_________________________________________________________________________________
_________________________________________________________________________________

Step 6: Record the troubleshooting process and configuration changes.


Use this log to document your actions and results during the troubleshooting process. List the commands you
used to gather information. As you progress, record your thoughts as to what you think the problem might be and
which actions you take to correct the problem.

Device Actions and Results


ALS1 Changed the login back to username cisco secret cisco
ALS1 Changed sdm template to lanbase routing

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CCNPv7 TSHOOT Lab 4-1, Layer 2 Issues

Device Actions and Results

Step 7: Document trouble ticket debrief notes.


Use this space to make notes of the key learning points that you picked up during the discussion of this trouble
ticket with your instructor. The notes can include problems encountered, solutions applied, and useful commands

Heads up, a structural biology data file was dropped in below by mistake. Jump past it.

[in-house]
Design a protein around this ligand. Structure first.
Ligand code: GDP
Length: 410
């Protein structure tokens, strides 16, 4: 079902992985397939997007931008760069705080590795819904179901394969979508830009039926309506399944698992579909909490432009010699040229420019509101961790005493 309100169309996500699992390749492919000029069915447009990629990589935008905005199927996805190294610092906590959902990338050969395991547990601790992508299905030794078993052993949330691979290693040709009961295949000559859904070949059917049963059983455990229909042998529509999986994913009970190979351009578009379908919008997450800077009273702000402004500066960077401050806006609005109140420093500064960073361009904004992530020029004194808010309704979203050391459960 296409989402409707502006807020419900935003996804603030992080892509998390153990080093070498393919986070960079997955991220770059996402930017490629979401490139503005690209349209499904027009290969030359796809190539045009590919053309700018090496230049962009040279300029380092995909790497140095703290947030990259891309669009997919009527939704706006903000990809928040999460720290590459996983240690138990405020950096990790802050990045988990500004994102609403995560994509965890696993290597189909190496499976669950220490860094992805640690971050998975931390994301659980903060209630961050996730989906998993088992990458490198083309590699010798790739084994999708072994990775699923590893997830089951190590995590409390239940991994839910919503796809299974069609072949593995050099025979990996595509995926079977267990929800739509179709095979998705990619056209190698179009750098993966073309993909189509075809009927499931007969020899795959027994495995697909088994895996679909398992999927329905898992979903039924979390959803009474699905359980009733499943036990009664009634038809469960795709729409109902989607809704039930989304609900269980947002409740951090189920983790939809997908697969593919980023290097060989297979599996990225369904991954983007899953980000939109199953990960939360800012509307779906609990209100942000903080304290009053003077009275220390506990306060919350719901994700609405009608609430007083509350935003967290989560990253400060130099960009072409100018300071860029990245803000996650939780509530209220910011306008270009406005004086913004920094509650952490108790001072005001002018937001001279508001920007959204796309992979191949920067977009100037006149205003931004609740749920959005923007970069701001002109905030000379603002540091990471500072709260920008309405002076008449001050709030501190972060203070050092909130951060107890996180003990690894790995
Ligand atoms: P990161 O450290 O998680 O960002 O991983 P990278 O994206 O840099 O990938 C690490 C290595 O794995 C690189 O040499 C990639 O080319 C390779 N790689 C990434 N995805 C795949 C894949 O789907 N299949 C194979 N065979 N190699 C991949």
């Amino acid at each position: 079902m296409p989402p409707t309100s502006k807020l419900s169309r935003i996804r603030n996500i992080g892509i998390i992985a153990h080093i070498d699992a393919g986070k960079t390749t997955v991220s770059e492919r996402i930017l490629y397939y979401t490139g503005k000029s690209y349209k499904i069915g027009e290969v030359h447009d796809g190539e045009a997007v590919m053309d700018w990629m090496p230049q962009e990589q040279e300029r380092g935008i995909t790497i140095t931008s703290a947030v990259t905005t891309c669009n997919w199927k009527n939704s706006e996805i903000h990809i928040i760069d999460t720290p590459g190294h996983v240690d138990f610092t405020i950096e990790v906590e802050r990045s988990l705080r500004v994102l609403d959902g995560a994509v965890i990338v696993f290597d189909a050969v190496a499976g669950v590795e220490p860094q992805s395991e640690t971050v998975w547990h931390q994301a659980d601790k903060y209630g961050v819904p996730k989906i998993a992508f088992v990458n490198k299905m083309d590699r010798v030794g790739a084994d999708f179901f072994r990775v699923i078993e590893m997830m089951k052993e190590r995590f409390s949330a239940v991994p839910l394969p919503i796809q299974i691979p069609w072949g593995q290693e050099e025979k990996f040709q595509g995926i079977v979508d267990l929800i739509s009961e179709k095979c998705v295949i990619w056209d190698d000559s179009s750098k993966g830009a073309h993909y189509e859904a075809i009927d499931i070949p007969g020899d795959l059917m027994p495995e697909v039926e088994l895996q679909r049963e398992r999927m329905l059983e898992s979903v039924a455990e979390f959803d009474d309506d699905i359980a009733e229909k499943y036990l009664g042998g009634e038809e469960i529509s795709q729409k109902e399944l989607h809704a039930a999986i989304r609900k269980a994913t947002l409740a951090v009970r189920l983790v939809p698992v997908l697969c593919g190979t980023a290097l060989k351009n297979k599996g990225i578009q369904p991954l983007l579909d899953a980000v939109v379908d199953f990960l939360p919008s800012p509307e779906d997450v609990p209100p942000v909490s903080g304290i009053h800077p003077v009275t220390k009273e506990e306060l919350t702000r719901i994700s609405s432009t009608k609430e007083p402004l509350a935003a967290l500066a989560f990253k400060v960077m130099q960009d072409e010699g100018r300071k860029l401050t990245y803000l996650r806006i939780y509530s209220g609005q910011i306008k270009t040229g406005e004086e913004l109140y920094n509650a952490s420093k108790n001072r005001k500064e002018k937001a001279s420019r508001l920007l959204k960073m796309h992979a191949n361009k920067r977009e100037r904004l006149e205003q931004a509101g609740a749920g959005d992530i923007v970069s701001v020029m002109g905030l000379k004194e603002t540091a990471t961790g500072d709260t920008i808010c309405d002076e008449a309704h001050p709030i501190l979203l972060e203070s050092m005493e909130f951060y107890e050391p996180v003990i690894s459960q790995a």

employed. It can also include alternate solutions, methods, and procedures and communication improvements.
PerformeddoshowiprouteonALS1andnoticedtherewerentanyroutes.WeneededIPRoutingturned
on
Beforeweentertheconfigs,wecheckthesdmtemplate__________________________________
_________________________________________________________________________________
_________________________________________________________________________________
_________________________________________________________________________________
_________________________________________________________________________________
_________________________________________________________________________________
_________________________________________________________________________________

Task 4: Trouble Ticket Lab 4-2 TT-D


Step 1: Review trouble ticket Lab 4-2 TT-D.